It should be noted that the international community also defines stunting as beyond physical appearances such as height and weight. Thus a stunted child most likely infers that the child’s body organs are inhibited in their normal growth. Thorndike Barnhart World Book Dictionary defines “Stunted” as 1. Checked in growth or development; undevelopment; dwarfed; 2. Disproportionately or abnormally short or small; 3. (of growth or development) checked or arrested. The Oxford Advanced Learner’s Dictionary defines “Stunted” as “prevent from growing or developing properly”. Definitions of stunting are many but basically it means retarded normal physical growth and cognitive development. It is known and accepted that brain growth of a child in terms of learning new things and acquisition of general knowledge is maximal between conception and eight years. This is the period when the majority of Tanzanian children are deprived of essential nutritive and micronutritive elements and the child is subjected to an array of diseases.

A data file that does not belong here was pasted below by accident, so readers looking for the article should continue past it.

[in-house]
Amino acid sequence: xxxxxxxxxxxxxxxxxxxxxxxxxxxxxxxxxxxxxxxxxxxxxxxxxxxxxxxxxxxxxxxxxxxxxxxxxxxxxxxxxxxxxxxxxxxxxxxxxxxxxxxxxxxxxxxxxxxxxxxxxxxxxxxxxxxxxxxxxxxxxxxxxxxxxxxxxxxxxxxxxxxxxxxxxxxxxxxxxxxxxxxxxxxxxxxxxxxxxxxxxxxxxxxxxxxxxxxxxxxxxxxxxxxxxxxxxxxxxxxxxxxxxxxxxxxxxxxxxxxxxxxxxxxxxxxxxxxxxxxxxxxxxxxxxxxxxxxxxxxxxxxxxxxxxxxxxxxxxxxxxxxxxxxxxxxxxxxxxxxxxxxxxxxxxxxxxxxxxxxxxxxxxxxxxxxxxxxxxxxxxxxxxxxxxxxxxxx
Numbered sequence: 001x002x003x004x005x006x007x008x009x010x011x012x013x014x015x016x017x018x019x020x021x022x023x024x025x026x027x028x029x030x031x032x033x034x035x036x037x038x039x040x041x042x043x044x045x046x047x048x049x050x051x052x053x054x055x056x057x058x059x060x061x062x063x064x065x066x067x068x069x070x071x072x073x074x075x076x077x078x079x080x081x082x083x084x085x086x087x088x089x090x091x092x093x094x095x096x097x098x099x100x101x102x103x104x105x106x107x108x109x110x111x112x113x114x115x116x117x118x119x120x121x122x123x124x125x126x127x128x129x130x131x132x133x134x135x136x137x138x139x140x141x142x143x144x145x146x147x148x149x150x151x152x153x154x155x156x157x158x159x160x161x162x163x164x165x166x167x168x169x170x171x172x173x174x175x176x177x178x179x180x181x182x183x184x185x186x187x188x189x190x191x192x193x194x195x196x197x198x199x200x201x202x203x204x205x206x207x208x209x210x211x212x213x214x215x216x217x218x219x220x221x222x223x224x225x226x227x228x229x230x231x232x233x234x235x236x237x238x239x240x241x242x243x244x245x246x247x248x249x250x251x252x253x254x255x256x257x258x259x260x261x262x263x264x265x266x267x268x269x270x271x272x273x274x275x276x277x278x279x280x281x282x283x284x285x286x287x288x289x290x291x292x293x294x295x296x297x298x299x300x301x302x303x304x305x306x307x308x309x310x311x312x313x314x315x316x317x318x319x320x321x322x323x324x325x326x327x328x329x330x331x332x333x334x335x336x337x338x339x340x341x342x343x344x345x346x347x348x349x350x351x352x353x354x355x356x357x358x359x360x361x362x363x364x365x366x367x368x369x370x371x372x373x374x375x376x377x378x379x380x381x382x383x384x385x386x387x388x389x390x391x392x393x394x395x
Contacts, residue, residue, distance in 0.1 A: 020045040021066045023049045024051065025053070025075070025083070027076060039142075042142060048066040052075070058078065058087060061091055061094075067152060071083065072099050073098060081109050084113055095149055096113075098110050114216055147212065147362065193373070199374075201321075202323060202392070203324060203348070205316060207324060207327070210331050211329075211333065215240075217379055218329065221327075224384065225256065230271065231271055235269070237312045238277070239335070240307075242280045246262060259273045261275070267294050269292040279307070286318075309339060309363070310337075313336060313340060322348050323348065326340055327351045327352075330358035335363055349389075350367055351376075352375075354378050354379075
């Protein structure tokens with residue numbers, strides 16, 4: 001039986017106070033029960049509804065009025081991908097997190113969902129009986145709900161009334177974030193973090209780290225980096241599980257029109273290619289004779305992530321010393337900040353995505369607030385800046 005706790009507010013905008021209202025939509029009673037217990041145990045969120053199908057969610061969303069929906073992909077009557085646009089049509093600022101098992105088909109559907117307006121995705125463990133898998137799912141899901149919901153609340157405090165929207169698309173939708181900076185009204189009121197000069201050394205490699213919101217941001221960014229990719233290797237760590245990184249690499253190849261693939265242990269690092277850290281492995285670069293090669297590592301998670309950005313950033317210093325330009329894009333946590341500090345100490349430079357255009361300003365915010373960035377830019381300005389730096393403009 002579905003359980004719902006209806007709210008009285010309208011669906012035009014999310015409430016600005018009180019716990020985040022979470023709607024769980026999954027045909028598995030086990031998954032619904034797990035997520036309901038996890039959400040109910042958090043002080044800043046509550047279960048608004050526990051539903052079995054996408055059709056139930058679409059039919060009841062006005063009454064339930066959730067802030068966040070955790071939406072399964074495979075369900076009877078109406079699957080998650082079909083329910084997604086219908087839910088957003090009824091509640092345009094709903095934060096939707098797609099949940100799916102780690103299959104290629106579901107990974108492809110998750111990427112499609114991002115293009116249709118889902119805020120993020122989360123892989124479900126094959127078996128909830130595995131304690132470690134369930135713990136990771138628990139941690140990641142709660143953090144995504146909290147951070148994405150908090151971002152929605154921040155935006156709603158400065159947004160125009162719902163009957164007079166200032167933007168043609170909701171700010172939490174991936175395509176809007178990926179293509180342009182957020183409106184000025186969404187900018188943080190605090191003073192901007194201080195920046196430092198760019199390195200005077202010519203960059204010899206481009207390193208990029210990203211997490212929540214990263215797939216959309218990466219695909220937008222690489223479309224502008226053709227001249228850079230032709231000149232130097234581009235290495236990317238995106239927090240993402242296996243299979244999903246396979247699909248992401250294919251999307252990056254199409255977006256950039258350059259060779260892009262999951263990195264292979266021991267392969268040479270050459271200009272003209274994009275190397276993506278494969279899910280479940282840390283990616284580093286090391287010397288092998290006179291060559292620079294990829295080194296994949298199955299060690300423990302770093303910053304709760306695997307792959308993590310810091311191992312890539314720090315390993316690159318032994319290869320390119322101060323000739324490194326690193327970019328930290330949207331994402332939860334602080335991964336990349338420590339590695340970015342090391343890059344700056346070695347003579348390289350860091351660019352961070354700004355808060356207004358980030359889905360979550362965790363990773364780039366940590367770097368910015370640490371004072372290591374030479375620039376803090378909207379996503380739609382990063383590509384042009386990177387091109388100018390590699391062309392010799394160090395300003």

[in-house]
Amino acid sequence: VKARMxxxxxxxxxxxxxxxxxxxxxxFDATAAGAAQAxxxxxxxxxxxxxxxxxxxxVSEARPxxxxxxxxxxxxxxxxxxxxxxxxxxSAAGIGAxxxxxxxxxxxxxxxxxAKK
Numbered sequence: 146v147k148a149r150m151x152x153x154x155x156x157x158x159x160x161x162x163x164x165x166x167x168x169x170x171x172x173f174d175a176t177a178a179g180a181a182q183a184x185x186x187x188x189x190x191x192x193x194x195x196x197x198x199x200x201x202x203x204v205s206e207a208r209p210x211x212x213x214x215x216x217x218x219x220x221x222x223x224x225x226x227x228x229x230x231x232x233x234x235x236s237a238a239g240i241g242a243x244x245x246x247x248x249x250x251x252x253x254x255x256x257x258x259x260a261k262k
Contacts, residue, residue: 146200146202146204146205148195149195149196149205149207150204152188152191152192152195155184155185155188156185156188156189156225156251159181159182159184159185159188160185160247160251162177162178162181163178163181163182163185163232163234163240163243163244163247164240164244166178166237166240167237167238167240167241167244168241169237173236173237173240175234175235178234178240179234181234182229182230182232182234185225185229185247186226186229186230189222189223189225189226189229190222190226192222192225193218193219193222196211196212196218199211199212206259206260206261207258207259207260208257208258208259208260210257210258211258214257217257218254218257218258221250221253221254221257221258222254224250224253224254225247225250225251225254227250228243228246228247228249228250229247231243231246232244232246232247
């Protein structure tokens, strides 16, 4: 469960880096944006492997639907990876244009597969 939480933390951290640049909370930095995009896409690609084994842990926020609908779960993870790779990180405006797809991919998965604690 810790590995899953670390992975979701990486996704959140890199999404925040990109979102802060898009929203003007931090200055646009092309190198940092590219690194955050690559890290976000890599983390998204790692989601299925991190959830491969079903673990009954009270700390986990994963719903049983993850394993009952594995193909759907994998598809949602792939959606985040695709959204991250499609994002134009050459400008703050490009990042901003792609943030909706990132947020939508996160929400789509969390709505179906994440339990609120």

If these assumptions are valid, will we be right to assume that if a child remains stunted during all his/her formative years of between one and say eight years when the child is in standard one that the performance of this child in school will be below par? This assumption of retarded body and specifically brain development does not necessarily mean all these children are cognitively impaired and will be unable to learn anything. This is not so, since the severity of stunting varies between different individuals and with adequate teaching in schools a compensatory “catching up” mechanism facilitates children’s acquisition of knowledge. However, one may ask a rhetorical question that if all our children were to receive sufficient nutritive diet during all their formative years and the family environment were conducive for growth and development, what would be the state of our children’s growth and development and ultimately performance in school and as adults in society?